Sodium bicarbonate is the time honored method to ‘speed up’ the return of the body’s bicarbonate levels to normal. It has blood vessel dilating action, [it] increases blood fluidity, assist[s] oxygen dissociation—thus more oxygen flows to the capillaries and cells… has strong anti inflammatory action, helps with detoxification and neutralization of toxic substances of all kinds offering strong and almost instantaneous shifts in pH. …The body is always hungry for bicarbonate unless you live in some pristine valley…
While sodium bicarbonate is a time honored favorite, Dr. Sircus admits that its virtues have nothing to do with the sodium. It’s all about the bicarbonates. Rather than sodium, (which there is no shortage of) other mineral ions are often more advantageous when delivered with bicarbonates.
The alkaline mineral ions
By themselves, the alkaline mineral ions (calcium, magnesium, sodium, potassium etc.) are not easily absorbed in living tissues. They often end up as plaque, deposits in joints, and acid waste sequestered in fatty tissue. They can contribute to degenerative diseases such as osteoarthritis and atherosclerosis. However, when the same alkaline ions are carried with bicarbonates, they are more easily absorbed, and they participate as a part of a buffering system that, reduces arterial plaque, and age-related calcification. Bicarbonates can carry all the alkaline minerals.
Alkaline water vs. alkaline bicarbonate water
Alkaline water —including alkaline ionized water— is very different from water that has an alkaline pH due to the presence of bicarbonates. Alkaline ions affect the pH of water but they cannot neutralize acids. (Read the article on alkaline water.) Most alkaline water products have few bicarbonates, little buffering capacity and almost no ability to neutralize acidic waste. On the other hand, bicarbonate water is mildly alkaline yet it has what is referred to as alkalinity—the ability to neutralize acids. Alkalinity is based on buffering capacity and the equilibrium relationship between carbon dioxide and bicarbonate.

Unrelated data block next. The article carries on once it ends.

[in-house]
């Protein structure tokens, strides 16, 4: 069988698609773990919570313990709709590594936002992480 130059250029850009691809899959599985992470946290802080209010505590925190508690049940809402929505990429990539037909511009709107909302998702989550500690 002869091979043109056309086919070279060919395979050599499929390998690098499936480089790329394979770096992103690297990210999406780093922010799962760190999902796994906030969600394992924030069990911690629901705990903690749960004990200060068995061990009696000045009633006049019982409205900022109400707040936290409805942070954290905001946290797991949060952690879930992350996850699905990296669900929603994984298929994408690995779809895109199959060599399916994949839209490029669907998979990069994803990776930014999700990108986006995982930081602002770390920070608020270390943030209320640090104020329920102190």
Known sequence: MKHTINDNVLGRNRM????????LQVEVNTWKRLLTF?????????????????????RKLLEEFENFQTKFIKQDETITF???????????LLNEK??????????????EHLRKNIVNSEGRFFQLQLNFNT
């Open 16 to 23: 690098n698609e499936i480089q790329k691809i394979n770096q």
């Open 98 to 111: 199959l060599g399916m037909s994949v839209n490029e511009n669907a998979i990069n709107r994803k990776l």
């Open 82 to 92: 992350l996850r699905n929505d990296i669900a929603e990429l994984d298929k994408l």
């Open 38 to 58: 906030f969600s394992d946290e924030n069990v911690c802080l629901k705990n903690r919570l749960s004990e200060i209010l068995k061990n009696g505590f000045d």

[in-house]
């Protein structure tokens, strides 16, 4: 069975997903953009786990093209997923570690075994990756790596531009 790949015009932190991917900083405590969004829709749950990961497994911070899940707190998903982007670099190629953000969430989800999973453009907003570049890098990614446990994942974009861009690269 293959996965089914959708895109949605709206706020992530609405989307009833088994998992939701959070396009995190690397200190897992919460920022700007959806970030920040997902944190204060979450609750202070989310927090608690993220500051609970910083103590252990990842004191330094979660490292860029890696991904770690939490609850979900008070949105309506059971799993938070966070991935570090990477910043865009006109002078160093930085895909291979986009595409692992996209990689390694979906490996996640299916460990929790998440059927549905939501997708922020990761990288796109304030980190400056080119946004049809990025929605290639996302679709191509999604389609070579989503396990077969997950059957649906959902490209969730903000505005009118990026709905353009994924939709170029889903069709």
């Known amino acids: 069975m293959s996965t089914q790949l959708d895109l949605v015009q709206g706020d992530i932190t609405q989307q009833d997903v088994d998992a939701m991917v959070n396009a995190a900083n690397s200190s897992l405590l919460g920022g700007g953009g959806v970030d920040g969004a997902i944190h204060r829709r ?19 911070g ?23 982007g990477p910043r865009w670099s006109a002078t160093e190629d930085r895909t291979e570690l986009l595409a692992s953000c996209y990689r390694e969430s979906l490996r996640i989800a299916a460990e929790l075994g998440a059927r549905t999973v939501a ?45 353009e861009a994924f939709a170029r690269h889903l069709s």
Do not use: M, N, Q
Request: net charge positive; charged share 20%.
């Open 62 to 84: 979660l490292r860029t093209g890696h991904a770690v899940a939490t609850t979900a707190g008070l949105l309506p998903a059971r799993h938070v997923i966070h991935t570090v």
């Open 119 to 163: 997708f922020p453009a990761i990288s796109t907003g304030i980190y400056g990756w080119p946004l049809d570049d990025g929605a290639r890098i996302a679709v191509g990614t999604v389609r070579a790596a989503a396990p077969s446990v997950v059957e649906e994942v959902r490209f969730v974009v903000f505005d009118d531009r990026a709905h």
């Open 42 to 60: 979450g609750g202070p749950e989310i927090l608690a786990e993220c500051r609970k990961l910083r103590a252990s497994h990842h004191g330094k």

Carbon dioxide and bicarbonate are two sides of the same coin. The only way bicarbonates become available is through the presence of carbon dioxide to produce carbonic acid. The balance between the two is at the heart of metabolic homeostasis. The complete equation for the bicarbonate buffering system begins with carbon dioxide:
CO2 + H20 ↔ H2CO3 + H2O ↔ H+ + HCO3-
Carbon dioxide + water ↔ Carbonic acid + Water ↔ Hydrogen ion + Bicarbonate
In mammalian cells, the continuous production of carbon dioxide (from ATP hydrolysis and other metabolic processes) requires a continuous supply of bicarbonates to maintain equilibrium and optimal buffering capacity. When bicarbonates become limited, the buffering capacity of the cells suffer.
Bicarbonates in the stomach
In the stomach, bicarbonate ions pass almost immediately into the bloodstream in exchange for chloride ions to make hydrochloric acid (HCl). Although it sounds counterintuitive, drinking bicarbonate water on an empty stomach actually stimulates the production of stomach acid (HCl). It is an ideal drink first thing in the morning and before meals—as long as adequate time passes before the consumption of food. Bicarbonate water actually prepares the stomach for digestion and helps to overcome the waning production of HCl that plagues older individuals. While such knowledge has nearly disappeared from medical texts, the Materia Medica (1918 edition) had this to say about the affects of sodium bicarbonate in the stomach: